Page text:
Thursday, August 23, 2012

The Art of Disregarding the Expectations of Others

I had the privilege of teaching this past weekend in our services at Dayspring Fellowship. We are in a series from the book of Acts, and my assignment was chapter 13. With the help of a friend, who courageously told her incredible story (you can download it from the church website), I shared some principles about evangelism. Among many other things, I said that every Christian should know how to lead somebody to the Cross. And, if you can't, you should get a tract, memorize the verses and principles and practice.

I also talked about the importance of our personal faith stories (including, but not limited to our salvation story), and how God uses them in the lives of others. In this section I shared that all good stories have three parts (a beginning, middle and end). With regards to our faith stories they should include conflict/tension (why you needed Jesus to show up), resolution (how He showed up) and transformation (how you were different because He showed up). 1 Timothy 3:15 tells us to be prepared to share the hope of our salvation. Get that: be prepared.

I got some incredible feedback. God was clearly in the house. Val's testimony rocked!

But there's always a naysayer in the this case two.

We hosted a couple who were visiting with their friend, who was just coming back to the Lord. After the service this couple decided that they needed to share their thoughts with me. After making sure I knew that they were very involved in their own church, in which he was a deacon, they proceeded to let me know how they wept as I preached because I was so inaccurately representing scripture. They told me that no where in scripture does it say to use a tract to lead people to Jesus. Nor does it say that a story should have a beginning, middle and end. And, in practicing our stories we relegate the telling to a performance.

My bad. They are right. No where in the Bible does it say to use a tract to lead someone to Christ. No where does it say that a story has a beginning, middle and end. For the record I never said it did.

Let me pause, and say that I assume they were well intentioned. Their delivery wasn't hurtful. Their concern was real. In no way do I wish to bad mouth them. I prayed in that moment, as I continue to pray, that God's glorious grace would wash over them and give them understanding...both of scripture and the effect of their words.

I tell this three part story because we have all been on the receiving end of other people's expectations. Generally we only realize it because we let them down in some way, and they make sure that we know we've done so. How do you respond in this moment? Does anger overtake you? Does the unfairness make your back straighten? Do you feel pity? Do you want to use your own words to make sure they understand your point?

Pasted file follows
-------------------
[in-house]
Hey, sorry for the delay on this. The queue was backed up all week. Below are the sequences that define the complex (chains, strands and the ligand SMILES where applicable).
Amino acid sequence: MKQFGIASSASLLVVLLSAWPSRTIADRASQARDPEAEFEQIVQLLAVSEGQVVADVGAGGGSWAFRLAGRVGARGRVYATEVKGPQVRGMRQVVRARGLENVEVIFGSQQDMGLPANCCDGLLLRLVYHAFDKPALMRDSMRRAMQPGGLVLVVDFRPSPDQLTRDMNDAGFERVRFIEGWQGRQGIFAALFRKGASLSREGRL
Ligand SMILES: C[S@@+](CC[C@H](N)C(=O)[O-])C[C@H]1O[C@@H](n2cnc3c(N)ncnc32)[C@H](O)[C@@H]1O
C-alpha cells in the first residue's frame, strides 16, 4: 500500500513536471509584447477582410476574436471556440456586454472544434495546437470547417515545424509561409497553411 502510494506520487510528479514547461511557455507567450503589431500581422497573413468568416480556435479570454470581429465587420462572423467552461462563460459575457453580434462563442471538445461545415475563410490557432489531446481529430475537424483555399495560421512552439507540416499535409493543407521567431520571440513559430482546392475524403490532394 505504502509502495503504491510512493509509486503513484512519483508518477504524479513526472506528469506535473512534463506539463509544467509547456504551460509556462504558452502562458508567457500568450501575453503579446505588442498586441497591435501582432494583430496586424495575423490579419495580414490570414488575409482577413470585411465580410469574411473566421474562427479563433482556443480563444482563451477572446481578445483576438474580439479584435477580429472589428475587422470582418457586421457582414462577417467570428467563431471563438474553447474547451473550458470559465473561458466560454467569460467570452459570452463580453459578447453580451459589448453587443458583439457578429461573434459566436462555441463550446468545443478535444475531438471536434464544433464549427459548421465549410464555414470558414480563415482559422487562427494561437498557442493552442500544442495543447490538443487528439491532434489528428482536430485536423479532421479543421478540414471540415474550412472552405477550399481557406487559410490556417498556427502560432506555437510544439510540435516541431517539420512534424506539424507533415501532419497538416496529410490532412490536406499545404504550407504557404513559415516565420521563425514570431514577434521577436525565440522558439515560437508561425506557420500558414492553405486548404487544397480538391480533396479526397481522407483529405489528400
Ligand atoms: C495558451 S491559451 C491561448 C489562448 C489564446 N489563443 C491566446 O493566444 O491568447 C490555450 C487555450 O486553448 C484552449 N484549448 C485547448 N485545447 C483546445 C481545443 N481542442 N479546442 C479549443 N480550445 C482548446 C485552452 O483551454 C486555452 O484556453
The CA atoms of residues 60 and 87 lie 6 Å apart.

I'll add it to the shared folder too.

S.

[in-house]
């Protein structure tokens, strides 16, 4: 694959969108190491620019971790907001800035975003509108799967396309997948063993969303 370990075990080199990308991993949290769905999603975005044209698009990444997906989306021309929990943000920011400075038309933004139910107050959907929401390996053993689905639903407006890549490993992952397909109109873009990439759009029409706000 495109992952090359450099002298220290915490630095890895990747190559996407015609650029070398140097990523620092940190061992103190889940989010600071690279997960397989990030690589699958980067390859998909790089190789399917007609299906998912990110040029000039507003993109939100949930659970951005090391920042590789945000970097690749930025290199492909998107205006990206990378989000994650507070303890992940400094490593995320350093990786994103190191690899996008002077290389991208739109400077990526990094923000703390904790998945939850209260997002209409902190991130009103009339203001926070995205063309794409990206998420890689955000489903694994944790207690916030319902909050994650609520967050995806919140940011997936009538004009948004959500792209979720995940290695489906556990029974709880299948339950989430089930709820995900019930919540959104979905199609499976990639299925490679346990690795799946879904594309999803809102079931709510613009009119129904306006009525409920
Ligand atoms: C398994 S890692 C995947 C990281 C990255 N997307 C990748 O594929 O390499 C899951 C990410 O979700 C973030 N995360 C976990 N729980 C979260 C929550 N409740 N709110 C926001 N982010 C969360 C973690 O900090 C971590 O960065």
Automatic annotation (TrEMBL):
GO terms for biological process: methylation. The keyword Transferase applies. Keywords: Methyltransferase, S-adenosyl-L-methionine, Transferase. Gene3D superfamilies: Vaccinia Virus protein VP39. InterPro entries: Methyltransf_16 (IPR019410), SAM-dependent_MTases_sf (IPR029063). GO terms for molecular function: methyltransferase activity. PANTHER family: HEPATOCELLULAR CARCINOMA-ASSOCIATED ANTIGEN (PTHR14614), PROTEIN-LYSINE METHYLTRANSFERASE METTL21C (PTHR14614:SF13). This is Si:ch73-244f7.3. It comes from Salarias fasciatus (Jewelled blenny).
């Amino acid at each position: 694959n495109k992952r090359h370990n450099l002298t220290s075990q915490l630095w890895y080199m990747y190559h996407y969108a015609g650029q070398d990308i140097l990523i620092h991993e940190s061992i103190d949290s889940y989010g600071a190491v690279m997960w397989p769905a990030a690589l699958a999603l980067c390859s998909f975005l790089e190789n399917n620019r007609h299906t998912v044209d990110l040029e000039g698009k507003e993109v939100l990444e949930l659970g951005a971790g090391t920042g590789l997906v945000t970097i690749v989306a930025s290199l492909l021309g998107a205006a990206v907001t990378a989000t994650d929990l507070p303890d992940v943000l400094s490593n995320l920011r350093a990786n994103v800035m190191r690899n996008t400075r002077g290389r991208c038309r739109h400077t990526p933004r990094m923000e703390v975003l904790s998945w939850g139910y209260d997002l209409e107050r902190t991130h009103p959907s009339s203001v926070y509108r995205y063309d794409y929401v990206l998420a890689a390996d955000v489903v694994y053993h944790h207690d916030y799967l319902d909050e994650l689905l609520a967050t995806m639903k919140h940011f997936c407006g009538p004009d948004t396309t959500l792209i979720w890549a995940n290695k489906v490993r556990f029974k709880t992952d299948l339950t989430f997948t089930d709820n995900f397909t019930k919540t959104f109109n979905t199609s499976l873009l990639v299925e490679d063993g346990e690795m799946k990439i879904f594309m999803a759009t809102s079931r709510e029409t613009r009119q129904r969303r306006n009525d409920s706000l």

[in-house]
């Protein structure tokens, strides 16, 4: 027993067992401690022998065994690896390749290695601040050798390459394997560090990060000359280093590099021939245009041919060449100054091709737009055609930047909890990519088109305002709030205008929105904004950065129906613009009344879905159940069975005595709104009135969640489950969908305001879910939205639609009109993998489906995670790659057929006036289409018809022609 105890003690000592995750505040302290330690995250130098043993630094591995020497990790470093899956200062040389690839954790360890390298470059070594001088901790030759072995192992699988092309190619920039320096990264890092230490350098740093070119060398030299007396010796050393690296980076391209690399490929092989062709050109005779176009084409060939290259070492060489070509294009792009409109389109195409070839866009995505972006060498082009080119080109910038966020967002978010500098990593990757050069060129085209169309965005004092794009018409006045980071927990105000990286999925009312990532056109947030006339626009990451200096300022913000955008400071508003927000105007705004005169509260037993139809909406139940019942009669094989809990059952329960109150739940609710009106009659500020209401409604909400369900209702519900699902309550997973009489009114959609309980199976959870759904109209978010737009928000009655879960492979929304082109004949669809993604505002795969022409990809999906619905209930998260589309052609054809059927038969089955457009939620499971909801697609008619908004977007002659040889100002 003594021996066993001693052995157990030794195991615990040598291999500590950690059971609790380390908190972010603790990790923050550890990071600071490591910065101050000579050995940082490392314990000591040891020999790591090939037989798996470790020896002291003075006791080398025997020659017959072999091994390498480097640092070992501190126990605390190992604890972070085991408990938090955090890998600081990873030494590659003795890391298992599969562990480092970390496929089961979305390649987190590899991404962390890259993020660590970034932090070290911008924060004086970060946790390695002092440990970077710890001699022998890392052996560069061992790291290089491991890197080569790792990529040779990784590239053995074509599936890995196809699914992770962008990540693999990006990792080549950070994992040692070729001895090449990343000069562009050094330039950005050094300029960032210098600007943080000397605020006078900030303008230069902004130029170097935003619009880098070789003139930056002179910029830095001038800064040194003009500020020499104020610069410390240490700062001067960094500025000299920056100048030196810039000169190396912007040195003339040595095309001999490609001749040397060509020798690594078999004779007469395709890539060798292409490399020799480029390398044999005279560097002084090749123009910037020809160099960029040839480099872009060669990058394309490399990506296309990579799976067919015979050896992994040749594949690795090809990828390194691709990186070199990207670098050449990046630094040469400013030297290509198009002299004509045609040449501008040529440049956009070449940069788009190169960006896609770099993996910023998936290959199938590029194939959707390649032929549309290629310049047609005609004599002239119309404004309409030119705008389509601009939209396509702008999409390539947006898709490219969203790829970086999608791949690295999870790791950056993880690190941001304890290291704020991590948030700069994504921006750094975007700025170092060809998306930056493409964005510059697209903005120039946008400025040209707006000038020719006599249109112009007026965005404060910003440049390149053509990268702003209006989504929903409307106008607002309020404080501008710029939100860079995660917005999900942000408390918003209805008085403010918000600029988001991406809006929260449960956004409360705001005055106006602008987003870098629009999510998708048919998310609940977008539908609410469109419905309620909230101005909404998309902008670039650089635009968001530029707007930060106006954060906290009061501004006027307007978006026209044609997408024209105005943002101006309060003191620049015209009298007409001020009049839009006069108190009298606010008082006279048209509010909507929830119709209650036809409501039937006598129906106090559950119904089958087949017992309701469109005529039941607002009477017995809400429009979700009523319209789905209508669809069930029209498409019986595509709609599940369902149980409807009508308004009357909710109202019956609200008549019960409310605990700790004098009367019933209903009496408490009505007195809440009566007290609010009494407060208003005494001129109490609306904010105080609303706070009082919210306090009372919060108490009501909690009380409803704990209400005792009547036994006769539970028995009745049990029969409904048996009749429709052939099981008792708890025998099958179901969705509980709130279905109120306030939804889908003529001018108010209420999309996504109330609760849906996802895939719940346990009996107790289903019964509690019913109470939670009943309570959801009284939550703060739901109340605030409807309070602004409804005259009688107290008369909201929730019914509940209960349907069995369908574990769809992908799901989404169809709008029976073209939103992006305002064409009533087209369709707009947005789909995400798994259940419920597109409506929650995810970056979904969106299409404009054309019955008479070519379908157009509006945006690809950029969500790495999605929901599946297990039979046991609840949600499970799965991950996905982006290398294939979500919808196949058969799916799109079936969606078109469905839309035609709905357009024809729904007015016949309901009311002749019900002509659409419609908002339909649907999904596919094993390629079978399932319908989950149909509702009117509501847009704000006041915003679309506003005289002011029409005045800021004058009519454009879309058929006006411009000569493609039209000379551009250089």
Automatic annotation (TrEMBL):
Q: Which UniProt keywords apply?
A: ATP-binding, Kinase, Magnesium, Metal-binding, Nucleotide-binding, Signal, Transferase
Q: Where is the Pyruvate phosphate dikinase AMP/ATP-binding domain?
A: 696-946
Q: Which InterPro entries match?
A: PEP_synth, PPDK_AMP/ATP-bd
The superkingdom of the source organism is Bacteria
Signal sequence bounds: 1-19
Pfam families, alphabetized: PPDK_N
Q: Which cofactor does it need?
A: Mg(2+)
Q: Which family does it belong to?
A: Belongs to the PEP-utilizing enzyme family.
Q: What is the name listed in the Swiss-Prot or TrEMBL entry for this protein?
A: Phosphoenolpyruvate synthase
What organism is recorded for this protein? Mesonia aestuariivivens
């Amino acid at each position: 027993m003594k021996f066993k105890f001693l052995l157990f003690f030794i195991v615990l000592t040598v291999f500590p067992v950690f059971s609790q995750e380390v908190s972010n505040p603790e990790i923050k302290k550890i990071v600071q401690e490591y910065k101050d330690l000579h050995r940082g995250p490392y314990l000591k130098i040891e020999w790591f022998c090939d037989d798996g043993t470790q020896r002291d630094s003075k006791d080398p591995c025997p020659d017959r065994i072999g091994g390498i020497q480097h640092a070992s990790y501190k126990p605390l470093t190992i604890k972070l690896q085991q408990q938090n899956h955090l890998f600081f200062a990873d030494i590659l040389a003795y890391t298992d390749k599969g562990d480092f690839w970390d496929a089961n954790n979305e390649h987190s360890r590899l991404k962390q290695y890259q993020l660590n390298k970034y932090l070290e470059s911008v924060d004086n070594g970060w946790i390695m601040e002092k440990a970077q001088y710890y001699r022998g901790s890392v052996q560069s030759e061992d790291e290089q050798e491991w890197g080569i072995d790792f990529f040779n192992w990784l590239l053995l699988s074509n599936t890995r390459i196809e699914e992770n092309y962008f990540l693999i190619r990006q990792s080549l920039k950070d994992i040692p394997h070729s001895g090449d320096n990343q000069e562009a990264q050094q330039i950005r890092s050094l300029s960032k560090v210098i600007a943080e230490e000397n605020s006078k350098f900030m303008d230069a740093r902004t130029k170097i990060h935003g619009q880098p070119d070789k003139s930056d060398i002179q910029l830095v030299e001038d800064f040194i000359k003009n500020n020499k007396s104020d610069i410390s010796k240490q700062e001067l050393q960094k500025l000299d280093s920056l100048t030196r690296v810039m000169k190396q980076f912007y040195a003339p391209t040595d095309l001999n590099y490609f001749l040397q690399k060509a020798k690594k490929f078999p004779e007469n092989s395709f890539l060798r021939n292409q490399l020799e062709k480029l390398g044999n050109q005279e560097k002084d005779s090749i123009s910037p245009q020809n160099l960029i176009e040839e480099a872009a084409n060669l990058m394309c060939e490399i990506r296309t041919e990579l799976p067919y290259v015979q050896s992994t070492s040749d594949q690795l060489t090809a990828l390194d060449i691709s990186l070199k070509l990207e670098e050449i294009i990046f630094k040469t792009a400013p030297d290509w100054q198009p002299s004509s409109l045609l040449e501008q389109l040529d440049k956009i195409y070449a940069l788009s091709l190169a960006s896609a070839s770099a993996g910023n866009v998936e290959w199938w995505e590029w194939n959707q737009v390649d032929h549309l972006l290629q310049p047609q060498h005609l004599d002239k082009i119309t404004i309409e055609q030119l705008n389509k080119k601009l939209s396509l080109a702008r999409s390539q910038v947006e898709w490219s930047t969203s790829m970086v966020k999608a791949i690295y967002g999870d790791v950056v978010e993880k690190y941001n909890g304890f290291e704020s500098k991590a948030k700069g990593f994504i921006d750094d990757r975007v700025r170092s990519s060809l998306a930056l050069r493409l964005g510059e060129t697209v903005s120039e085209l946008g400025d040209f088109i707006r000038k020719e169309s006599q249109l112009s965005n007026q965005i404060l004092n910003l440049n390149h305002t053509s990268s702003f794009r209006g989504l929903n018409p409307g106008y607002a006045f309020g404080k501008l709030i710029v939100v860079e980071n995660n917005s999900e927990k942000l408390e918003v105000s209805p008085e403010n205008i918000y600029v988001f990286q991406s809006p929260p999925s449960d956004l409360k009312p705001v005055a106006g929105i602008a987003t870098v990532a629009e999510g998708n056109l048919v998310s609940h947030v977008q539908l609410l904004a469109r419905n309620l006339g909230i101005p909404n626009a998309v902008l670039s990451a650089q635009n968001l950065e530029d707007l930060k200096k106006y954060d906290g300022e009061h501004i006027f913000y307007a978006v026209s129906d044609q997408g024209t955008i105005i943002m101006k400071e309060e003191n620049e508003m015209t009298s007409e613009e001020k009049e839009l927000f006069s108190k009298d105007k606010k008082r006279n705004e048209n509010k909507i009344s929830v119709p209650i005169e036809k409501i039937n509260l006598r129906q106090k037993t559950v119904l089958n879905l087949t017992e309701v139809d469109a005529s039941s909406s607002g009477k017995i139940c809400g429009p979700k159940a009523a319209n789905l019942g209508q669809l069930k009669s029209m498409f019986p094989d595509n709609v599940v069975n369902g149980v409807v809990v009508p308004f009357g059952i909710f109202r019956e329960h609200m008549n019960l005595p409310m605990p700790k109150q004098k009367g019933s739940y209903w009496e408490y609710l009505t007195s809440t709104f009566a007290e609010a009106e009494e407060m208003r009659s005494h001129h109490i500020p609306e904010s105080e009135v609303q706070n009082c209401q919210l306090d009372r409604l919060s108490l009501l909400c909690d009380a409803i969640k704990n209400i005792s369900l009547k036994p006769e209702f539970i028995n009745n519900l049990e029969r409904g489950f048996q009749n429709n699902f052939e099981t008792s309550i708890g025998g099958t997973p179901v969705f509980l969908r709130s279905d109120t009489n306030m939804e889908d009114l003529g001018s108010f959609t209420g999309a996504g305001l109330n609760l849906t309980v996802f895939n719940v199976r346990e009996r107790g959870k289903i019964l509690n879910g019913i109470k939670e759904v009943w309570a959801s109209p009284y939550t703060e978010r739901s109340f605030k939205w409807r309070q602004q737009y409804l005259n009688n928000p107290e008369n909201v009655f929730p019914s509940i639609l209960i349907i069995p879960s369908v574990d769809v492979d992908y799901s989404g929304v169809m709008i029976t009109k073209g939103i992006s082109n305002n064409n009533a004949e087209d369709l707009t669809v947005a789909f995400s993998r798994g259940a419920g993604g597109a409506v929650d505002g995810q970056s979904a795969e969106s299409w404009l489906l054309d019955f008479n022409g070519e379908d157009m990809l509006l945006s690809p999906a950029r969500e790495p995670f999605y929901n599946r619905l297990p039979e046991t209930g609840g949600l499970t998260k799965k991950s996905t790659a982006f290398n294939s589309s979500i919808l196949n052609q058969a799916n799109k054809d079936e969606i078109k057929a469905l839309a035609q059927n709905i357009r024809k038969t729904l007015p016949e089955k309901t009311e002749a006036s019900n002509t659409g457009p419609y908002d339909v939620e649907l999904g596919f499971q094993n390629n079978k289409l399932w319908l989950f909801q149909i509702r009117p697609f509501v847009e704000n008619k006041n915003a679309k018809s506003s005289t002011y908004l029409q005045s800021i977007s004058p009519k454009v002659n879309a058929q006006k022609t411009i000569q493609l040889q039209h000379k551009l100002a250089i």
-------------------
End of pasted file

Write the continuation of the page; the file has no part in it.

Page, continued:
Would that really help?

When I am faced with these moments (and since I live my life on stage I have the privilege of facing them relatively often), I always search for any truth that God has for me in their words...regardless of the delivery. If he can use Balaam's donkey to speak truth, he can use a couple like I've described (in no way am I saying they are donkeys, just that God's truth can be found in unexpected places).

But's about the truth that God has for me. Not their truth. Many years ago a mentor taught me some beautiful words, "I'm sorry. You have expectations for me that I won't be able to meet." How very freeing...and God honoring.

This weekend I said to them, "I'm sorry I disappointed you." And, truthfully, I was. But I wouldn't change a thing. I serve a Higher Power and I know He wasn't disappointed. They'll can have it out with Him. He takes all my complaint calls. God's truth for me in that moment was to laugh (inside voice...not outside voice) at the absolute insanity of what they were saying. And then I walked away free. No regrets.

How would you have responded? Words matter. Ephesians 4:29 says, "Do not let any unwholesome talk come out of your mouths, but only what is helpful for building others up according to their needs, that it may benefit those who listen."

Thursday, August 9, 2012

The Cost of a Lost Opportunity

Hebrews 13:16 - "And do not forget to do good and to share with others, for with such sacrifices God is pleased."

Galatians 6:10 - "Therefore as we have opportunity, let us do good to all people, especially those who belong to the family of believers."

1 Corinthians 10:24 - "No one should see their own good, but the good of others."


I was talking with a good friend this week about regret. He related a personal story that went something like this: when his son was old enough to hunt, they went on a father-son hunting trip. They waited through the day and eventually a buck wandered into the line of sight. In the words of my friend, "I got greedy and took the shot."

Later that night, he realized that he had missed an opportunity to bless his son by allowing him to take the shot. He wept. He wept because he recognized that in the grand scheme of life, another deer killed by him would never be remembered, but his son's first kill would make a memory that would be treasured for a lifetime. And, even though his son shot his first deer the next day, my friend still wishes he could CTRL-Z the event and UNDO the moment to bless his son with that particular shot.